image: a man and a body at a morgue in Iraq

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by Thomas Lynch

Two girls found dead. My sons go to the morgue.
Two cots, thick rubber gloves, two body bags.

Too long stuffed in a culvert, raped and stabbed,
too decomposed to recognize. Too sad.

Two local ne’er-do-wells no doubt abused
too much as children themselves, stand mute.

Two caskets in a room, two families undone.
Two ministers. Two homilies. My sons

too busy with flowers and townspeople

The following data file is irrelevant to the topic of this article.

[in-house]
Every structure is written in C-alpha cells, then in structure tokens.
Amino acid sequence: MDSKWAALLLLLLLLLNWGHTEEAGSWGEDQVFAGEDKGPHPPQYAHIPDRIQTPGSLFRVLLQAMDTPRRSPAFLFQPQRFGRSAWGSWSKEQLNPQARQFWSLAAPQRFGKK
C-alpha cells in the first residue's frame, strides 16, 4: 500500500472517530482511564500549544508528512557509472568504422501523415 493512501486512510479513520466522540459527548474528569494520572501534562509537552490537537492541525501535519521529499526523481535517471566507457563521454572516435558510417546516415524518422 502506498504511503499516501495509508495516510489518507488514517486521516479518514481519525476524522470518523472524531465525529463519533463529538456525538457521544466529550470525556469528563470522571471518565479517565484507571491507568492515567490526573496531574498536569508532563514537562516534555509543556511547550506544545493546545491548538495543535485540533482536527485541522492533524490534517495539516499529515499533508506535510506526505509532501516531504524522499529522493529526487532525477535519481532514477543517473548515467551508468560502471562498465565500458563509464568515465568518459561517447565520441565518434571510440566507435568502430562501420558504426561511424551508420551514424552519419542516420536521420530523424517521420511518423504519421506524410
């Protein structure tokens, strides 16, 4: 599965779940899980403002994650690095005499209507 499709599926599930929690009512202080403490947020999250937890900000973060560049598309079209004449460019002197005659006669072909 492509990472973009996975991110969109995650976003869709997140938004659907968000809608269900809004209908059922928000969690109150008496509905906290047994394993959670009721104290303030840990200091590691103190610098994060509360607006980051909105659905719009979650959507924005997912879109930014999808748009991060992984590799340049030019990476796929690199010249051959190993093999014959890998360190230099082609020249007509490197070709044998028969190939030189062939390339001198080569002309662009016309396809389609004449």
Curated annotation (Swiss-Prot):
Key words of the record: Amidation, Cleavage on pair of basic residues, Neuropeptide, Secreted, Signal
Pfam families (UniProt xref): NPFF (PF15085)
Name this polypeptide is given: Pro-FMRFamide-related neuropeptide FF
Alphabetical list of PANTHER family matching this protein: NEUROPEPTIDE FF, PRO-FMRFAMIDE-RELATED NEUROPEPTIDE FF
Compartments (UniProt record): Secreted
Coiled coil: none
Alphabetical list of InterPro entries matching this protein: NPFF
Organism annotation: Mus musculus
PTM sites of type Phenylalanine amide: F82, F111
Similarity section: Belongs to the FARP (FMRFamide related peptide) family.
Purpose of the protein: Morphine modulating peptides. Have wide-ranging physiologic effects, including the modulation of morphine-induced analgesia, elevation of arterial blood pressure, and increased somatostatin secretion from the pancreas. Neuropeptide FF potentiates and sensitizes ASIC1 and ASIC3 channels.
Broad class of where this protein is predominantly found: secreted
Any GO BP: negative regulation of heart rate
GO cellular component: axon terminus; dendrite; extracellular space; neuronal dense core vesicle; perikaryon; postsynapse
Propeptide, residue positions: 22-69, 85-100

to contemplate the problem of evil,

to shake their fists at God, regard instead
two funerals – the living and the dead

to be transported in their separate griefs –
two hearses to be washed, two limousines.

Today the wakes and paperwork details.
Tomorrow a burning and a burial.

Two girls found dead of known brutalities
together forever, precious memories

too sweet, too savage, too beautiful and bad
to keep at bay by ritual or words.

Two boys about their father’s business learn
to number, comfort, witness and keep track.

Learn more about Thomas Lynch, an undertaker/poet living and working in Milford, Michigan -from a book review at